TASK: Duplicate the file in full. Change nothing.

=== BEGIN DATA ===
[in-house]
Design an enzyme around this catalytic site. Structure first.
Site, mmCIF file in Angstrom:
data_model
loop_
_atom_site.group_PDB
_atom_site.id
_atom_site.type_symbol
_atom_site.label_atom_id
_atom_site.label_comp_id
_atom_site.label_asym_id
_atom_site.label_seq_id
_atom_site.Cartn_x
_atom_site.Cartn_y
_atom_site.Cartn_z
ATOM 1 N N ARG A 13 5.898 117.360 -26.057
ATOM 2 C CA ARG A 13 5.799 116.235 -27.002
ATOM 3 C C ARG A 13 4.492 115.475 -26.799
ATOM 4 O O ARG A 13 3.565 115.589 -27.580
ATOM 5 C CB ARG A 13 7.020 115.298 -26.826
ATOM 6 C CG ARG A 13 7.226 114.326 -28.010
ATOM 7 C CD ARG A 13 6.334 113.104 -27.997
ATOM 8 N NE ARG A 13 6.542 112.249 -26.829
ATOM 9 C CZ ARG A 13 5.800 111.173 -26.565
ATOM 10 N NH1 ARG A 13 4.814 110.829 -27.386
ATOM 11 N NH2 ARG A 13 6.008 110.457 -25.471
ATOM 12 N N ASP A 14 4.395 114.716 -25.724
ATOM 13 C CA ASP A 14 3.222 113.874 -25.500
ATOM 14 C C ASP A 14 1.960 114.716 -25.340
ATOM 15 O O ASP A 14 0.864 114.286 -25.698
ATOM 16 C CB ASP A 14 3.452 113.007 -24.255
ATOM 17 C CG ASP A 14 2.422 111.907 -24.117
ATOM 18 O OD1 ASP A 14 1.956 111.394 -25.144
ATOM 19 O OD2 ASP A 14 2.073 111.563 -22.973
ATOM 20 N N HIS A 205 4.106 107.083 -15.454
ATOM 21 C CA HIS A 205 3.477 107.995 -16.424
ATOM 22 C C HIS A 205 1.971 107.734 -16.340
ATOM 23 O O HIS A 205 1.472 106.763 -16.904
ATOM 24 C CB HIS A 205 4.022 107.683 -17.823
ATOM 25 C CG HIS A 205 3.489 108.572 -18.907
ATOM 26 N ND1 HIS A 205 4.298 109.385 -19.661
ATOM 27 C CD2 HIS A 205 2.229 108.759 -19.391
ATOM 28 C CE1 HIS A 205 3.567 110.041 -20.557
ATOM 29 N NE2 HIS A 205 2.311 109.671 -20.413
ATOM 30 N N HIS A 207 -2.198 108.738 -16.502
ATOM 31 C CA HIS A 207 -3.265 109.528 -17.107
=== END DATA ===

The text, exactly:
[in-house]
Design an enzyme around this catalytic site. Structure first.
Site, mmCIF file in Angstrom:
data_model
loop_
_atom_site.group_PDB
_atom_site.id
_atom_site.type_symbol
_atom_site.label_atom_id
_atom_site.label_comp_id
_atom_site.label_asym_id
_atom_site.label_seq_id
_atom_site.Cartn_x
_atom_site.Cartn_y
_atom_site.Cartn_z
ATOM 1 N N ARG A 13 5.898 117.360 -26.057
ATOM 2 C CA ARG A 13 5.799 116.235 -27.002
ATOM 3 C C ARG A 13 4.492 115.475 -26.799
ATOM 4 O O ARG A 13 3.565 115.589 -27.580
ATOM 5 C CB ARG A 13 7.020 115.298 -26.826
ATOM 6 C CG ARG A 13 7.226 114.326 -28.010
ATOM 7 C CD ARG A 13 6.334 113.104 -27.997
ATOM 8 N NE ARG A 13 6.542 112.249 -26.829
ATOM 9 C CZ ARG A 13 5.800 111.173 -26.565
ATOM 10 N NH1 ARG A 13 4.814 110.829 -27.386
ATOM 11 N NH2 ARG A 13 6.008 110.457 -25.471
ATOM 12 N N ASP A 14 4.395 114.716 -25.724
ATOM 13 C CA ASP A 14 3.222 113.874 -25.500
ATOM 14 C C ASP A 14 1.960 114.716 -25.340
ATOM 15 O O ASP A 14 0.864 114.286 -25.698
ATOM 16 C CB ASP A 14 3.452 113.007 -24.255
ATOM 17 C CG ASP A 14 2.422 111.907 -24.117
ATOM 18 O OD1 ASP A 14 1.956 111.394 -25.144
ATOM 19 O OD2 ASP A 14 2.073 111.563 -22.973
ATOM 20 N N HIS A 205 4.106 107.083 -15.454
ATOM 21 C CA HIS A 205 3.477 107.995 -16.424
ATOM 22 C C HIS A 205 1.971 107.734 -16.340
ATOM 23 O O HIS A 205 1.472 106.763 -16.904
ATOM 24 C CB HIS A 205 4.022 107.683 -17.823
ATOM 25 C CG HIS A 205 3.489 108.572 -18.907
ATOM 26 N ND1 HIS A 205 4.298 109.385 -19.661
ATOM 27 C CD2 HIS A 205 2.229 108.759 -19.391
ATOM 28 C CE1 HIS A 205 3.567 110.041 -20.557
ATOM 29 N NE2 HIS A 205 2.311 109.671 -20.413
ATOM 30 N N HIS A 207 -2.198 108.738 -16.502
ATOM 31 C CA HIS A 207 -3.265 109.528 -17.107